NEW HAVEN, Conn. — Two of Connecticut's largest children's hospitals are at or near capacity, dealing with kids with RSV, a respiratory virus.
As of Monday afternoon, Yale New Haven Health and Yale New Haven Children's Hospital were at nearly 100% capacity with the Intensive Care Unit at 85% capacity.
It's a similar story at Connecticut Children's in Hartford, where they're full too, but the story is starting to take a turn for the better. At least, that's what they've noticed over the last couple of days. Dr. Juan Salazar, the Physician-in-Chief at Connecticut Children's, is cautiously optimistic.
“We were looking at 30 kids waiting for a bed at any one time a couple of weeks ago. We got up to 30. That’s a lot. And so the lull means, we’re sort of going back to a normal surge," Dr. Salazar said. "I want to make sure we wait. That we know exactly if this is just a day or two of a lull, and more is coming, I don’t know.”
To get to this point, Connecticut Children's has expanded their capacity by putting patient beds in playrooms and having their employees step out of their usual roles and work overtime.
Dr. Salazar praised his staff for stepping up in a time of need.
"But they're tired," Dr. Salazar said.
With the peak of flu season right around the corner, they're hoping things don't get worse.
“Please get vaccinated. There’s a very effective vaccine that is going to prevent you as a parent or your children from coming into the hospital," Dr. Salazar said.
They have similar concerns at Yale New Haven Health. A spokesperson says, "YNHH and YNHCH are, like many other hospitals across the U.S., experiencing early, unusually high seasonal levels of inpatients at this time. The majority of these cases are related to RSV and flu with some cases of COVID."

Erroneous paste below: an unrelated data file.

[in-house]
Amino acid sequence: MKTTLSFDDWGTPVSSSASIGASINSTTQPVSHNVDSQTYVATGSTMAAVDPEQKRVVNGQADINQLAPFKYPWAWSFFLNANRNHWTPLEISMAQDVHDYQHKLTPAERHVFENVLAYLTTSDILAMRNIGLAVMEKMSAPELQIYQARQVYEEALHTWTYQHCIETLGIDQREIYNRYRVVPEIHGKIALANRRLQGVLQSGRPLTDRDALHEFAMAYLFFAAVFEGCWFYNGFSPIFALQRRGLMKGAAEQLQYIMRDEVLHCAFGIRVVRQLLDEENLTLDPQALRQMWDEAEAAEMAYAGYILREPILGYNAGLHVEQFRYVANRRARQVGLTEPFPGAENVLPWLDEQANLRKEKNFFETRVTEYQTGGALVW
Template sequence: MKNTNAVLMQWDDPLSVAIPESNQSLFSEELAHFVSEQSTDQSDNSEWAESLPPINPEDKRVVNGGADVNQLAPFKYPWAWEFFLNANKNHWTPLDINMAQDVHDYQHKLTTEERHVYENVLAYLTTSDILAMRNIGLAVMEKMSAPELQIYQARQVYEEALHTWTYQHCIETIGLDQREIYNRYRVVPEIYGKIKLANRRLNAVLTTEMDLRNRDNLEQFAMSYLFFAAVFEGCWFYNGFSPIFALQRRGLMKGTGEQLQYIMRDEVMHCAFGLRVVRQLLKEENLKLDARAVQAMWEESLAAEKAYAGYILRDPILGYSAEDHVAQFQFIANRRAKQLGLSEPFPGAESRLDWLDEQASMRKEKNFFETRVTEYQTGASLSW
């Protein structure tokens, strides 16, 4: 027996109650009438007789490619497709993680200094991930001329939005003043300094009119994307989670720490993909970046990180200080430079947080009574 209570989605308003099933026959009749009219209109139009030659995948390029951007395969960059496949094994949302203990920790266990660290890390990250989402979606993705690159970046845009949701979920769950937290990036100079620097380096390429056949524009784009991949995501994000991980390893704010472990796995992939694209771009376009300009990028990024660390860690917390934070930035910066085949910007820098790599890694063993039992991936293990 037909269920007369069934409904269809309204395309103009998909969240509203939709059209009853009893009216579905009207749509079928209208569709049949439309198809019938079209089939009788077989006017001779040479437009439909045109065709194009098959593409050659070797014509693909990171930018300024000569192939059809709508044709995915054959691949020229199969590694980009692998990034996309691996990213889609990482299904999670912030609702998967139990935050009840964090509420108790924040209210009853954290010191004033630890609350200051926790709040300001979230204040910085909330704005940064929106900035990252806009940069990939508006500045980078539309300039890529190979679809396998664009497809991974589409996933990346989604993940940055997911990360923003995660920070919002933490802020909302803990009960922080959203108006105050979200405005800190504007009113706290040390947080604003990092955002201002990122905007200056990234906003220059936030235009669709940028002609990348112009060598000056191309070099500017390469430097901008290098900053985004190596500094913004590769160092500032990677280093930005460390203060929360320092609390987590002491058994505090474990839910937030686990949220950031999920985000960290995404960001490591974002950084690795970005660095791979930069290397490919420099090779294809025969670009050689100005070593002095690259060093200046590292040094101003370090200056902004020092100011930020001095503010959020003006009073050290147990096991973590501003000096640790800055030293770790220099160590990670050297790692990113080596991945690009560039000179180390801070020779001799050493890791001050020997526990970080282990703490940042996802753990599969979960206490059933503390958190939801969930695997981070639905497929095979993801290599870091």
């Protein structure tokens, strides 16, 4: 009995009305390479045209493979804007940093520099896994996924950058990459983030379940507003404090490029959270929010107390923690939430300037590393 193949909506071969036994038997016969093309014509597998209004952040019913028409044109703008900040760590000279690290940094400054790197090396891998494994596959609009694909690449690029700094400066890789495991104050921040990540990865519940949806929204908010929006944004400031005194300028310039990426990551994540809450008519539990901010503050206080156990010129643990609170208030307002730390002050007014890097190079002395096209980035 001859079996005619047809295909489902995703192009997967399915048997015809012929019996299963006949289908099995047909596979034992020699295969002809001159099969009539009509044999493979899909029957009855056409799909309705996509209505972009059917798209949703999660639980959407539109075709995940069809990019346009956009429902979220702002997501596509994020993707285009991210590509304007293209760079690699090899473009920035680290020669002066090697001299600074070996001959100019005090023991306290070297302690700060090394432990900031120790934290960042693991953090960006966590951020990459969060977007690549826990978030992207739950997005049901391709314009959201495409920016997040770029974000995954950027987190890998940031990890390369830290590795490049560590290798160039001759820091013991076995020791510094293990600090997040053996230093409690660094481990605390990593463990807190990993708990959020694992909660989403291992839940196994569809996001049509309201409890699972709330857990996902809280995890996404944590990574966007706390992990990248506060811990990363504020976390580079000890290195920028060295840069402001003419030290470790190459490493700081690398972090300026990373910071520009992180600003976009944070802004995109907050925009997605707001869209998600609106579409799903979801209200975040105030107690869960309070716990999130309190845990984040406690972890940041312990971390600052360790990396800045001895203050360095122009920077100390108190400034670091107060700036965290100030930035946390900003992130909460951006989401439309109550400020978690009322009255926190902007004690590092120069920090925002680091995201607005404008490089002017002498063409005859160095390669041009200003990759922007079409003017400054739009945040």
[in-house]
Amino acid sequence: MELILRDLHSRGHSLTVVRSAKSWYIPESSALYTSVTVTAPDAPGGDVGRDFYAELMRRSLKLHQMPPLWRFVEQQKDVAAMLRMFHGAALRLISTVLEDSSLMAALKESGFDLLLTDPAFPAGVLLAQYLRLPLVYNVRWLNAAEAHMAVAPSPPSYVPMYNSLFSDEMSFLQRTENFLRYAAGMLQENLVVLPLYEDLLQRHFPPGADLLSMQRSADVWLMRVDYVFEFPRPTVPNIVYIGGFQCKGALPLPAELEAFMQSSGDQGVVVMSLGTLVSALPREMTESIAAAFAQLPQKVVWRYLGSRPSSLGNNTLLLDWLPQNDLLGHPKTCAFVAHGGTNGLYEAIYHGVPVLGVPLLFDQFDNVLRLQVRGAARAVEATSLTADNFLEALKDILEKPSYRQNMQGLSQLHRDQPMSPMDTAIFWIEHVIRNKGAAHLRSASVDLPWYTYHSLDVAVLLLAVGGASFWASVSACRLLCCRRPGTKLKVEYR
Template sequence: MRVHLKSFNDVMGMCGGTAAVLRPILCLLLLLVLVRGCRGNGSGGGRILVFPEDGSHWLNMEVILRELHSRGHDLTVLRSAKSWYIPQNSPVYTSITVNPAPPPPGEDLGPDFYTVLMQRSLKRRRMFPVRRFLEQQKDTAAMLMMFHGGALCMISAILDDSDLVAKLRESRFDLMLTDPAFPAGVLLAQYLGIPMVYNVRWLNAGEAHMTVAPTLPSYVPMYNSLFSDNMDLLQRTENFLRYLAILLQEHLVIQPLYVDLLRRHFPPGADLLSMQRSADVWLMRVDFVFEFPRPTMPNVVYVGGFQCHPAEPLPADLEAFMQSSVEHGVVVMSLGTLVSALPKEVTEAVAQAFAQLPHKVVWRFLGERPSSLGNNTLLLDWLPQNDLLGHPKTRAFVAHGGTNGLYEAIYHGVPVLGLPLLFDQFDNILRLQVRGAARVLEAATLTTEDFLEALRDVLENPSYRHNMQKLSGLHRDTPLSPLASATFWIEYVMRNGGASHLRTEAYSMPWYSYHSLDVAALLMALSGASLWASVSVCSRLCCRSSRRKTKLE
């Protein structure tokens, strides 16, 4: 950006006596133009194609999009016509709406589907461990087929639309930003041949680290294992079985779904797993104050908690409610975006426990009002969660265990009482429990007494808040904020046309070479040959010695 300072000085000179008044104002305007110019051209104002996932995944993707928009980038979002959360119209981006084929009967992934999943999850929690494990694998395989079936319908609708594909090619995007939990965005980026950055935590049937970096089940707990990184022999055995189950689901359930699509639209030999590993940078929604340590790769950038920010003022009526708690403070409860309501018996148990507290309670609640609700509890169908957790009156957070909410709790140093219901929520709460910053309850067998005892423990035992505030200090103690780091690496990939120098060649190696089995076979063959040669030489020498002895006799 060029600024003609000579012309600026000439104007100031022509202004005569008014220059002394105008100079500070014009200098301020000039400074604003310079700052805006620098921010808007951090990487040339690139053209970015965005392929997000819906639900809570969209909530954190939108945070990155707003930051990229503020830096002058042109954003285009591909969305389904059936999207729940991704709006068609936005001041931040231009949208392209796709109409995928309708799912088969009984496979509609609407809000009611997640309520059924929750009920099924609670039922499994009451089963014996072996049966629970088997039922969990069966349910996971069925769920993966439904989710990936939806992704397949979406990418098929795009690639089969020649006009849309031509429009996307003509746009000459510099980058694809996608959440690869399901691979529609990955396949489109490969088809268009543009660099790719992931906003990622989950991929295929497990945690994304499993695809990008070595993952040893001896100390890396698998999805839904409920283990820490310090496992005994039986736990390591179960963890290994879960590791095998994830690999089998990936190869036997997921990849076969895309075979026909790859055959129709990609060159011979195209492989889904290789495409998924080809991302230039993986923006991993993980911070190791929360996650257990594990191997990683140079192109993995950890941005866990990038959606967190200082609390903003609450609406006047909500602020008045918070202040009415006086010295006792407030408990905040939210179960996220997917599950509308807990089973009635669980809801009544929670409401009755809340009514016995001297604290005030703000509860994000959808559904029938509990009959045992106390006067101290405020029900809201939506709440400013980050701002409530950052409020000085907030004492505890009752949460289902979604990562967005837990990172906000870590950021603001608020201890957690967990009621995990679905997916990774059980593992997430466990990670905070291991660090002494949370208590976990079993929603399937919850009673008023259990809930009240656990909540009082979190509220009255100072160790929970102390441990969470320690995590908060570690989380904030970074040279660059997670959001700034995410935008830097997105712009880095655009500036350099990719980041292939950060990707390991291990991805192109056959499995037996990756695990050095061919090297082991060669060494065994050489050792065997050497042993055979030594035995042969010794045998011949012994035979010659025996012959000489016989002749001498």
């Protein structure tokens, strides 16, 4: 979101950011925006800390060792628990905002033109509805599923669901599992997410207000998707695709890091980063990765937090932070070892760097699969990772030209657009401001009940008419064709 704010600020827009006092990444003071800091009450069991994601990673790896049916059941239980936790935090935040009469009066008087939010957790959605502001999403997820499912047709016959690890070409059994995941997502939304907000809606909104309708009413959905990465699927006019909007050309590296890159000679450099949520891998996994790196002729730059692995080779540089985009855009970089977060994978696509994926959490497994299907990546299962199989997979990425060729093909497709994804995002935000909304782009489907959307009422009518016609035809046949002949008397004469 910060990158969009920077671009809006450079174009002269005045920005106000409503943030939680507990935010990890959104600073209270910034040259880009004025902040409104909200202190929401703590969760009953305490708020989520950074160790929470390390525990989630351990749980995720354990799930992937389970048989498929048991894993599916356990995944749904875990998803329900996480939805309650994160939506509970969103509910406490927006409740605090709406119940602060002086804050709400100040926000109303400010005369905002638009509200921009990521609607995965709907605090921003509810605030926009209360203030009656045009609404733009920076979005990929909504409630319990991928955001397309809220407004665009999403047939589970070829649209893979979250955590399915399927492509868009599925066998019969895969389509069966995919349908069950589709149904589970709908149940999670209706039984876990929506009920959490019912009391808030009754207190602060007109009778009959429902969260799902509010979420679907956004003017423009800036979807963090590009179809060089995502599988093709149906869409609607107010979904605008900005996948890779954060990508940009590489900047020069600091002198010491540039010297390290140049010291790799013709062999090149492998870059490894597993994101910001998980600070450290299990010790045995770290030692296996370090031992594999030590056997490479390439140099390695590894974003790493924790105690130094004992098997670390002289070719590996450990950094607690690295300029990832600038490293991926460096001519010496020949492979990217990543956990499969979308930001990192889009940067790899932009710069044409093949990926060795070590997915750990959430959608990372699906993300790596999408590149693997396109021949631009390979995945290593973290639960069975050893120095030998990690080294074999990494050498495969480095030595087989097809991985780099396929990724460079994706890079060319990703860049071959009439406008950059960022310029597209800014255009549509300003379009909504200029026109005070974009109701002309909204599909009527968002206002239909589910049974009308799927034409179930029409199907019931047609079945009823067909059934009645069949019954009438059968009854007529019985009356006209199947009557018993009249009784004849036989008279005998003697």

FOX61 spoke with a pediatrician in the New Haven area, who works at Child and Adolescent Healthcare. Dr. Shannon Martinello said she has not seen a slow-down in recent days. She is still seeing daily cases of RSV in her office.
"We're seeing kids with breathing that's labored enough or oxygen that is low enough that we're having to send them into the emergency room," Dr. Martinello said.
Dr Martinello has heard from patients who have told her there is no room for them in the local hospitals. One family reported back to her that they were sitting on a curb all night outside of a CT hospital, waiting for treatment.
"At one point, we got a memo that there were actually no pediatric ICU beds in all of New England," Dr. Martinello said.
Why are they piling up so fast? Dr. Martinello said it's a combination of kids being exposed to viruses for the first time in a while, after having worn masks for two years. It's also not just RSV at play, it's COVID and Rhinovirus, too.
"They're getting on on top of another on top of another because all of these viruses are out there in pretty significant numbers right now," Dr. Martinello said.
Now, most children who get RSV will not be hospitalized with it.
“Most kids who get RSV will have a very mild respiratory illness. Especially the older kids. Kids that are younger, that’s the situation where RSV is going to be more problematic," Dr. Salazar said.
For those who do not have severe illness from the virus, Dr. Salazar said it's best to contact your pediatrician. However, the hospitals will never turn away a patient.
In a few years from now, Connecticut Children's will be more prepared to handle a surge like this one. They received a grant from the state to add about 90 more hospital beds by then.
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